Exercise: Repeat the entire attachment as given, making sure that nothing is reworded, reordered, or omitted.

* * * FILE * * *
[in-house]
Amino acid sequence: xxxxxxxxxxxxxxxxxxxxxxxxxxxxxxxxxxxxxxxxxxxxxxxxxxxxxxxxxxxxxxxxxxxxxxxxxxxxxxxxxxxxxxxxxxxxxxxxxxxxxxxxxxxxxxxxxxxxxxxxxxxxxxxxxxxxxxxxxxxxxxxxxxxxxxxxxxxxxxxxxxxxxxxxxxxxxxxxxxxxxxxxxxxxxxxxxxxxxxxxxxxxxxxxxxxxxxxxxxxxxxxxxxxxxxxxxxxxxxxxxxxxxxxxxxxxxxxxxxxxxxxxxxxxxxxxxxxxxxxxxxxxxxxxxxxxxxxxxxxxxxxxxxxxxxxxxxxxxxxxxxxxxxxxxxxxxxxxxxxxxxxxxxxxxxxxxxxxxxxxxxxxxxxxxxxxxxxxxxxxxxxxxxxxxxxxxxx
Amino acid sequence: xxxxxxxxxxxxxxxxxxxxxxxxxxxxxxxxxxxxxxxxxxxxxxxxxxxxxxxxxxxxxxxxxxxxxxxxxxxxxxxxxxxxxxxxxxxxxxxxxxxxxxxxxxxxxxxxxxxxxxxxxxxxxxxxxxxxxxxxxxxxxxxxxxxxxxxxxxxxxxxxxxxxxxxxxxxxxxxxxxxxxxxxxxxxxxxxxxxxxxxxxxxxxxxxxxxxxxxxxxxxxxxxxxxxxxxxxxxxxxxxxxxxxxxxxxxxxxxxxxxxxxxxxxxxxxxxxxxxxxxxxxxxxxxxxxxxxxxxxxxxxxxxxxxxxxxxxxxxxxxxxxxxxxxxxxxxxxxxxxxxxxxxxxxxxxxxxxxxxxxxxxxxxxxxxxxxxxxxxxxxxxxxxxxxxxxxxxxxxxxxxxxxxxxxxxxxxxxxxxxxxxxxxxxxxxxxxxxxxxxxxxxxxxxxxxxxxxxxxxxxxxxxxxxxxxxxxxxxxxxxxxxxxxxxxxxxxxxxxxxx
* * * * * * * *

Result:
[in-house]
Amino acid sequence: xxxxxxxxxxxxxxxxxxxxxxxxxxxxxxxxxxxxxxxxxxxxxxxxxxxxxxxxxxxxxxxxxxxxxxxxxxxxxxxxxxxxxxxxxxxxxxxxxxxxxxxxxxxxxxxxxxxxxxxxxxxxxxxxxxxxxxxxxxxxxxxxxxxxxxxxxxxxxxxxxxxxxxxxxxxxxxxxxxxxxxxxxxxxxxxxxxxxxxxxxxxxxxxxxxxxxxxxxxxxxxxxxxxxxxxxxxxxxxxxxxxxxxxxxxxxxxxxxxxxxxxxxxxxxxxxxxxxxxxxxxxxxxxxxxxxxxxxxxxxxxxxxxxxxxxxxxxxxxxxxxxxxxxxxxxxxxxxxxxxxxxxxxxxxxxxxxxxxxxxxxxxxxxxxxxxxxxxxxxxxxxxxxxxxxxxxxx
Amino acid sequence: xxxxxxxxxxxxxxxxxxxxxxxxxxxxxxxxxxxxxxxxxxxxxxxxxxxxxxxxxxxxxxxxxxxxxxxxxxxxxxxxxxxxxxxxxxxxxxxxxxxxxxxxxxxxxxxxxxxxxxxxxxxxxxxxxxxxxxxxxxxxxxxxxxxxxxxxxxxxxxxxxxxxxxxxxxxxxxxxxxxxxxxxxxxxxxxxxxxxxxxxxxxxxxxxxxxxxxxxxxxxxxxxxxxxxxxxxxxxxxxxxxxxxxxxxxxxxxxxxxxxxxxxxxxxxxxxxxxxxxxxxxxxxxxxxxxxxxxxxxxxxxxxxxxxxxxxxxxxxxxxxxxxxxxxxxxxxxxxxxxxxxxxxxxxxxxxxxxxxxxxxxxxxxxxxxxxxxxxxxxxxxxxxxxxxxxxxxxxxxxxxxxxxxxxxxxxxxxxxxxxxxxxxxxxxxxxxxxxxxxxxxxxxxxxxxxxxxxxxxxxxxxxxxxxxxxxxxxxxxxxxxxxxxxxxxxxxxxxxxxx